So what we would have is I’d have this outlet here and between my line and my neutral, which are the two top areas there, we should have 120 volts. And even with the digital meter and trying to hook this up, it’s even giving us a hard time to try to figure out what that voltage is. So you have to play with the lines there to make sure that you’re picking it up in there. We finally just got it and we showed that we had a 115 volts.

If I go down to my line and my ground, this is another one where you can see the shortness of these meter leads. You want to make sure you have good meter leads to be able to tell where we’re at when we come to voltage. And there we go, 116 volts, 115 volts. So that’s your digital meter that’ll show you that. Make sure you’re setting it for the proper voltage setting. Again, this would be AC volts. If you set it for DC you would more than likely open a fuse in that and cause a short. And the meter’s no good to you after that unless you replace the fuse.

For our analog meter here, which I prefer the most, analog meters will catch voltage drops. They’re more accurate. They won’t jump around as much as a digital meter will and again just keeping it in good shape. Some of these actually come with little protectors on them so you don’t stab yourself in the hands. You could put those over them. You don’t want to get them tarnished or discolored because what’ll end up happening is you can get false readings as well.

But again, it’s the same principle. And learning how to read an analog meter is a little bit different. And we do that a little bit further in the course to teach the students because an analog meter is just not used much anymore in the field. But that’s saved for another video there.

So what we’ll do again is to just go across our line and our neutral and according to my analog meter, I have a steady 120 volt AC in this outlet here. And then I would just go ahead and check my line to my ground to make sure I have the same thing. Now if I had anything different by writing out and drawing out that outlet and compare it to my different scenarios, showing that I have no voltage between neutral and line, but I have voltage between line and ground where I’m supposed to have, that shows me one reading.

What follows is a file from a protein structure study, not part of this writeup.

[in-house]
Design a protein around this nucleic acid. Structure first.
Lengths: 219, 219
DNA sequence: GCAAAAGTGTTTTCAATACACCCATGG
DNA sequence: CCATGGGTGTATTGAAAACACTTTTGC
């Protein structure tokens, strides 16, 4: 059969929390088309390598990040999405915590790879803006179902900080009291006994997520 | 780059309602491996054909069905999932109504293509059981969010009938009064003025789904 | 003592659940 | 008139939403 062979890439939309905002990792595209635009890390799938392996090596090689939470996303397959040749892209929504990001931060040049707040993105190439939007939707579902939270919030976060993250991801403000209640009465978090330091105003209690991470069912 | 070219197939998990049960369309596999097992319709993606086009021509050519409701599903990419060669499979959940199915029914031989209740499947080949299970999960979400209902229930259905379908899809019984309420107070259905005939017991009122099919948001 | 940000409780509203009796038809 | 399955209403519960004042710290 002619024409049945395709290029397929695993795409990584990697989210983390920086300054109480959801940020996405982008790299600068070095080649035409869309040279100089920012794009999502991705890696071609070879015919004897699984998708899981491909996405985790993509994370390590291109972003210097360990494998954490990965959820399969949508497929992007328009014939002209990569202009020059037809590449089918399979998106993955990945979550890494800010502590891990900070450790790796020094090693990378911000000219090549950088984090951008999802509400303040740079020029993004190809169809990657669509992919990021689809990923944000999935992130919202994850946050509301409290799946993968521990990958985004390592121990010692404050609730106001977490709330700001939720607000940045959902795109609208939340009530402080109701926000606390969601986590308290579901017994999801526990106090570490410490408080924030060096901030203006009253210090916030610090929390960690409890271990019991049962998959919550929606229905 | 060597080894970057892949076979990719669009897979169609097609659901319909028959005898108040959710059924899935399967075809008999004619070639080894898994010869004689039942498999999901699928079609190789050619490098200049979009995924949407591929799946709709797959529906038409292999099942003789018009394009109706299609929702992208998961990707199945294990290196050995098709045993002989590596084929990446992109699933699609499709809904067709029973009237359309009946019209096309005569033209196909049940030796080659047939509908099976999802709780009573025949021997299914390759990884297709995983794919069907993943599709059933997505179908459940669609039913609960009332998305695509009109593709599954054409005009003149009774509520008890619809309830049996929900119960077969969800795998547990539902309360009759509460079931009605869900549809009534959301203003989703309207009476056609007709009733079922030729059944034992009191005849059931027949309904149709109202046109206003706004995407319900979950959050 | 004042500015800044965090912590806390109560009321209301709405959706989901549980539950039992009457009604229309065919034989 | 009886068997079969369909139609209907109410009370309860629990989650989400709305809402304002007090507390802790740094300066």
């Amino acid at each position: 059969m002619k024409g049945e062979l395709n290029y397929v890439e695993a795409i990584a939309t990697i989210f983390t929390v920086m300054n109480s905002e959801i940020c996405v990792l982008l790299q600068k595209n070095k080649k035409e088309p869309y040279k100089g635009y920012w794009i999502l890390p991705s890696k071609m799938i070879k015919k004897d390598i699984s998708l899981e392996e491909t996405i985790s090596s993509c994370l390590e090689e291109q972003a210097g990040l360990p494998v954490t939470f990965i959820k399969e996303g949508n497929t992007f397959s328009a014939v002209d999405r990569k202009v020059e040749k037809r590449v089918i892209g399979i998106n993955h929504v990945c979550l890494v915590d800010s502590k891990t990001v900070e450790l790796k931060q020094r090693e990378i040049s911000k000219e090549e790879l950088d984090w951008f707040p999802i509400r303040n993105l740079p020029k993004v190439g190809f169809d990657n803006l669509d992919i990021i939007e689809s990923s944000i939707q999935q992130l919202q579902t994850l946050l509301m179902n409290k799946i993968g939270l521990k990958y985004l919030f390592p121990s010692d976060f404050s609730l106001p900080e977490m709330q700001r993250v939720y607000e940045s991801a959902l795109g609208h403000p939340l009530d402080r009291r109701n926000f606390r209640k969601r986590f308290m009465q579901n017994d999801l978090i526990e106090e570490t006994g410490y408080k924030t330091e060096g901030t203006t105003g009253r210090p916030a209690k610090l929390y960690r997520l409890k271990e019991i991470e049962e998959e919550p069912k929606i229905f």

So I know something’s open, something’s missing or not there. And just by checking between neutral and ground showing nothing that shows that I have an open neutral. So customers complaints on different things may be my control board’s not turning on. Or when I go to light my stove it keeps on clicking. And there’s just different things that open neutral is going to cause and just a lot of weird readings that the technician may even get across the outlet.

So again, knowing how to read an outlet properly and using a meter instead of the easy way, use those easy ways to show the customer with the visualization that you can give them. Be the technician and use the tools that are given to you that you actually have to go out and learn how to use. So you know for sure what’s going on with that outlet.

I hope you guys liked the video. The voltage is very just, it’s very important to know in the field. And if you liked it, like, subscribe, keep an eye out for more videos. We’ll do a 240 volt video here shortly and get that out there. Tim with Fred’s Appliance Academy, where we’re training tomorrow’s technicians today.